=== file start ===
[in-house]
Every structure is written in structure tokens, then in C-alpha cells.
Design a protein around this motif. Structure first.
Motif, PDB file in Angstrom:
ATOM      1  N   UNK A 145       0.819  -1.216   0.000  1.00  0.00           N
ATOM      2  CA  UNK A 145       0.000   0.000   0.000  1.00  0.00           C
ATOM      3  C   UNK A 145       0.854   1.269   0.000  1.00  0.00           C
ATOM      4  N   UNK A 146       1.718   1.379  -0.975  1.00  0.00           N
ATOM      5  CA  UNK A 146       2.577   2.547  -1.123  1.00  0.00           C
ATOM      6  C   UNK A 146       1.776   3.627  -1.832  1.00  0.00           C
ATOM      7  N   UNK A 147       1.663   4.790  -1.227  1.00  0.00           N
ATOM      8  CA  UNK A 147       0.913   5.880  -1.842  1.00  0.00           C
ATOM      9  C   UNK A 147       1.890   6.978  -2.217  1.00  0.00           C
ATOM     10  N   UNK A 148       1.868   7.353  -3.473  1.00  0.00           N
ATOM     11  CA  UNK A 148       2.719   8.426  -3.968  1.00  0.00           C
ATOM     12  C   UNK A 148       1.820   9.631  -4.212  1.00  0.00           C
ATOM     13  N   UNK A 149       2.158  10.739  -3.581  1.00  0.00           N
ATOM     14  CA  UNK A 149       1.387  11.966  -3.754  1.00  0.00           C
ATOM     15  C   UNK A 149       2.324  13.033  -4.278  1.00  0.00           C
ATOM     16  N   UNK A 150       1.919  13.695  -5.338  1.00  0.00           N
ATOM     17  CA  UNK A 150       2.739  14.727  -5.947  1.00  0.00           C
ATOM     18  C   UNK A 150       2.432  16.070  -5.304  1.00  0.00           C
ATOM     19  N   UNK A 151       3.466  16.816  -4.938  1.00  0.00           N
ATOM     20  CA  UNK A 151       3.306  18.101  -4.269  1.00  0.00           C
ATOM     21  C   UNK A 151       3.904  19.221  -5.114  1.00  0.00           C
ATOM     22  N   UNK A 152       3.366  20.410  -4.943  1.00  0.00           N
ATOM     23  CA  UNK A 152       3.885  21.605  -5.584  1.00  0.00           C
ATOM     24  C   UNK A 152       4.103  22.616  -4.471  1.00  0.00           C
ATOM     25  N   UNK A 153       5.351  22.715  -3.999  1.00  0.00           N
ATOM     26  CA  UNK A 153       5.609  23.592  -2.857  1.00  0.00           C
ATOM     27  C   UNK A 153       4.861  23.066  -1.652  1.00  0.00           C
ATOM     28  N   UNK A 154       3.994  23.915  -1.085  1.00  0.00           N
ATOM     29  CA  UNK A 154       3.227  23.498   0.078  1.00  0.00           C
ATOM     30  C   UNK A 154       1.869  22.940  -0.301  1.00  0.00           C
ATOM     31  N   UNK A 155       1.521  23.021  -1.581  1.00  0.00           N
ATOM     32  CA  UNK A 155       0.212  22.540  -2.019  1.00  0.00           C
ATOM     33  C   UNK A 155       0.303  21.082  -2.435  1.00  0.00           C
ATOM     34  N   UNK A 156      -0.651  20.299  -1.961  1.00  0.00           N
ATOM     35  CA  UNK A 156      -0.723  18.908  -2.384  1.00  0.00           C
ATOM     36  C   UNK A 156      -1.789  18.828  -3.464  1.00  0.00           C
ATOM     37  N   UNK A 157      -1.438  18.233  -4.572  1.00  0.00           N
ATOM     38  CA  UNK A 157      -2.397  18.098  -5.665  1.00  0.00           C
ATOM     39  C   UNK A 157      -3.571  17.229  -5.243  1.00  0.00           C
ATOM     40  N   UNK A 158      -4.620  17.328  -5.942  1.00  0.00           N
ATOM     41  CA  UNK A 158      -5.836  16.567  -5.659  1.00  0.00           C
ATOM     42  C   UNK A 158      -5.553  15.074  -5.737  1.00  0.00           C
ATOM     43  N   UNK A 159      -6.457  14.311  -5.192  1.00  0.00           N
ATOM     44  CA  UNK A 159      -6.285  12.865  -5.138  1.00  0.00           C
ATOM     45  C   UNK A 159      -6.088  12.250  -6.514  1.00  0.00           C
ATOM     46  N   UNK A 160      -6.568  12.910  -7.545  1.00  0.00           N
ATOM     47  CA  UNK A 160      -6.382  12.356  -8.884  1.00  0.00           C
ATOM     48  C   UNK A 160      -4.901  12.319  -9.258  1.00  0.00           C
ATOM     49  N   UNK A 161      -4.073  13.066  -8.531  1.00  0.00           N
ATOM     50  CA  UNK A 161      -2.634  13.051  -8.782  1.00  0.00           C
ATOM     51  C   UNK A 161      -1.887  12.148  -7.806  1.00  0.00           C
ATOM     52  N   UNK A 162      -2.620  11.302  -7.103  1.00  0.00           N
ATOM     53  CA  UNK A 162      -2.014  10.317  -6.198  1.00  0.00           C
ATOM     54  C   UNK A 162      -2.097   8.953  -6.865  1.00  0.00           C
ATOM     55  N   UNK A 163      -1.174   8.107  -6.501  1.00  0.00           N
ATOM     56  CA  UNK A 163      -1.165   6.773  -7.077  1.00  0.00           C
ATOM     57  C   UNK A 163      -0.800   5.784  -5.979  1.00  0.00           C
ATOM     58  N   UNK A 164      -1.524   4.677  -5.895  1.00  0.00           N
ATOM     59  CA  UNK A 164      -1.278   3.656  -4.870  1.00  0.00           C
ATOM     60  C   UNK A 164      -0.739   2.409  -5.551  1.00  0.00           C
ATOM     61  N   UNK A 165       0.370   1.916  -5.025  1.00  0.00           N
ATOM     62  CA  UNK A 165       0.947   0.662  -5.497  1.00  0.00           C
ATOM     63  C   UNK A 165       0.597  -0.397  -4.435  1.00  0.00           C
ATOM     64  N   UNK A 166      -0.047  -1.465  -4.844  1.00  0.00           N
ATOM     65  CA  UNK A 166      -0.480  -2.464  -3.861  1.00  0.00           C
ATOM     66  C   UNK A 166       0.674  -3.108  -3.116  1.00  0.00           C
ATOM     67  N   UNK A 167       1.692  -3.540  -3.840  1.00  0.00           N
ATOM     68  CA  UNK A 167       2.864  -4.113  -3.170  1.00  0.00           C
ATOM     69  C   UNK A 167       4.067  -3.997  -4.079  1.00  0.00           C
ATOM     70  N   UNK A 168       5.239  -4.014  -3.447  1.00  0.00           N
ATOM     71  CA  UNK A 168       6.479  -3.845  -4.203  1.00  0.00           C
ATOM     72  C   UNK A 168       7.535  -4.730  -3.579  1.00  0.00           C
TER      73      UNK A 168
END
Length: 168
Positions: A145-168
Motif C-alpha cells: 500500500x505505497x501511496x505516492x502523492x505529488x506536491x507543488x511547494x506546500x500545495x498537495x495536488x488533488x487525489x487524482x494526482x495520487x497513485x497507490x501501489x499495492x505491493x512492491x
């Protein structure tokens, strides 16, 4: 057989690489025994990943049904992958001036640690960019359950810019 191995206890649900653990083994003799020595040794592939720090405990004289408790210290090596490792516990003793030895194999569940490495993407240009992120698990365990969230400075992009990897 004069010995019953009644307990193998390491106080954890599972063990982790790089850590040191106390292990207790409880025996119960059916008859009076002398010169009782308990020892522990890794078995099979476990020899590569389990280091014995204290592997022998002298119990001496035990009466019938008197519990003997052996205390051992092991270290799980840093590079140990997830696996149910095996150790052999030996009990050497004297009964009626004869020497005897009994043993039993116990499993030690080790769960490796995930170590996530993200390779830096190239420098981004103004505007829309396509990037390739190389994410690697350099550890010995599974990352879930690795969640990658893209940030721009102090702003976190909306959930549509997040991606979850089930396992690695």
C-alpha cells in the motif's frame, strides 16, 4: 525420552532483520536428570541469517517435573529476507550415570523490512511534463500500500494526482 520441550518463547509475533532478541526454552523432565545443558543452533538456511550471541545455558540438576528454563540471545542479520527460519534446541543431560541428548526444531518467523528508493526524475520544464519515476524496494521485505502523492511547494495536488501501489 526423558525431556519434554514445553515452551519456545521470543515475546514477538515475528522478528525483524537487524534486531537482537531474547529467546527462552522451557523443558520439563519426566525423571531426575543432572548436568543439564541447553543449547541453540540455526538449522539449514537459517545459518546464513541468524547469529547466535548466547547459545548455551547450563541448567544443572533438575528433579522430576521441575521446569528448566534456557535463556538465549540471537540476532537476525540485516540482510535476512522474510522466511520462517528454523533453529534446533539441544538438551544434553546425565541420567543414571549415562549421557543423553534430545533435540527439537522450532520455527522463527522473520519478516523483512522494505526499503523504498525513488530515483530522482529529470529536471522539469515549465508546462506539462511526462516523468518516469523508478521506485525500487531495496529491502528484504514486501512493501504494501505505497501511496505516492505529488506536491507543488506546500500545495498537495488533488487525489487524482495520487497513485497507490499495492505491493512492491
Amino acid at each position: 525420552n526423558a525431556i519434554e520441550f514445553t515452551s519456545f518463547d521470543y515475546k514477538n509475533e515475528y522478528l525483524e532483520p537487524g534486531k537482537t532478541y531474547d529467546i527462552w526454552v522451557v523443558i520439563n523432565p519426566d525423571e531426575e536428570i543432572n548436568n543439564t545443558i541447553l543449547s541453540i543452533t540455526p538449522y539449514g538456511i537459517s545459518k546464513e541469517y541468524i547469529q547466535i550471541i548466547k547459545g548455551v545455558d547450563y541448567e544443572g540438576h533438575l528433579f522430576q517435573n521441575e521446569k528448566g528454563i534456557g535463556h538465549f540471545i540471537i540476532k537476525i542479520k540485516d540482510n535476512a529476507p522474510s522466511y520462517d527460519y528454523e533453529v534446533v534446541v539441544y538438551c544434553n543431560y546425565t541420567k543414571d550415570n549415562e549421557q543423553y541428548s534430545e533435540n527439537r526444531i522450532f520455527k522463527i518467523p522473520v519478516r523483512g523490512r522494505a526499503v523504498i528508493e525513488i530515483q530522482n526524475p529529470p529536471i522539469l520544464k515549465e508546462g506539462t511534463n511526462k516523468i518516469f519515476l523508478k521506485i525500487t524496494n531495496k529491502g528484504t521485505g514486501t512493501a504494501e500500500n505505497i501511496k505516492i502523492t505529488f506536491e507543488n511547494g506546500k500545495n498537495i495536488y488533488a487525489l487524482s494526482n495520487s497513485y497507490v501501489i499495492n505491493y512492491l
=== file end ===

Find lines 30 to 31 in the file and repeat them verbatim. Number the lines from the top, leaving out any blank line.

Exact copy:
ATOM     26  CA  UNK A 153       5.609  23.592  -2.857  1.00  0.00           C
ATOM     27  C   UNK A 153       4.861  23.066  -1.652  1.00  0.00           C